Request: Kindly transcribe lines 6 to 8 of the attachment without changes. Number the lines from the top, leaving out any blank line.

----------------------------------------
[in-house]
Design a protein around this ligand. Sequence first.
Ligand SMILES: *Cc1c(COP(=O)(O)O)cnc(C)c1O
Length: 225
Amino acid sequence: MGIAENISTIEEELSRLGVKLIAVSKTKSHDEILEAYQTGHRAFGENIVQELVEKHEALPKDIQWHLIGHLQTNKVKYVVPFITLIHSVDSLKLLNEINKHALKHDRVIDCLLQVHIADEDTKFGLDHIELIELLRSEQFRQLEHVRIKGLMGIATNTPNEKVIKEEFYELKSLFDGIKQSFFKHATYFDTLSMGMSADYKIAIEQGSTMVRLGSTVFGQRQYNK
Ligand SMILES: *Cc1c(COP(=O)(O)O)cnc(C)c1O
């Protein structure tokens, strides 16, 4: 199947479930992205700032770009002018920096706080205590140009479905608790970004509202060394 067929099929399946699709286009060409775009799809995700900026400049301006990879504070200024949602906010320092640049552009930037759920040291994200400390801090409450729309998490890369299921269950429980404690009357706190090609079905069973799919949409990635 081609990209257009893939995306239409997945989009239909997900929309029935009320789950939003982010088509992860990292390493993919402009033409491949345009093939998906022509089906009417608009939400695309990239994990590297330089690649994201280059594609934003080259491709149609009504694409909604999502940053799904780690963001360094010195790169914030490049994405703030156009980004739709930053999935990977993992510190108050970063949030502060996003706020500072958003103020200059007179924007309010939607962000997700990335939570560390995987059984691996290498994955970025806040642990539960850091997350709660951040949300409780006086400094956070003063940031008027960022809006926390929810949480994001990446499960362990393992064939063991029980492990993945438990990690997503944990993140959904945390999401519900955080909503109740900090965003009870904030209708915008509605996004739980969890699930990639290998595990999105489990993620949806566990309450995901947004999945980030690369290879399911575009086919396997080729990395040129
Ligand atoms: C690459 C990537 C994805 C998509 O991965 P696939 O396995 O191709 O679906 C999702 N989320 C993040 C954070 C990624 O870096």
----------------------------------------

Ligand SMILES: *Cc1c(COP(=O)(O)O)cnc(C)c1O
């Protein structure tokens, strides 16, 4: 199947479930992205700032770009002018920096706080205590140009479905608790970004509202060394 067929099929399946699709286009060409775009799809995700900026400049301006990879504070200024949602906010320092640049552009930037759920040291994200400390801090409450729309998490890369299921269950429980404690009357706190090609079905069973799919949409990635 081609990209257009893939995306239409997945989009239909997900929309029935009320789950939003982010088509992860990292390493993919402009033409491949345009093939998906022509089906009417608009939400695309990239994990590297330089690649994201280059594609934003080259491709149609009504694409909604999502940053799904780690963001360094010195790169914030490049994405703030156009980004739709930053999935990977993992510190108050970063949030502060996003706020500072958003103020200059007179924007309010939607962000997700990335939570560390995987059984691996290498994955970025806040642990539960850091997350709660951040949300409780006086400094956070003063940031008027960022809006926390929810949480994001990446499960362990393992064939063991029980492990993945438990990690997503944990993140959904945390999401519900955080909503109740900090965003009870904030209708915008509605996004739980969890699930990639290998595990999105489990993620949806566990309450995901947004999945980030690369290879399911575009086919396997080729990395040129
Ligand atoms: C690459 C990537 C994805 C998509 O991965 P696939 O396995 O191709 O679906 C999702 N989320 C993040 C954070 C990624 O870096």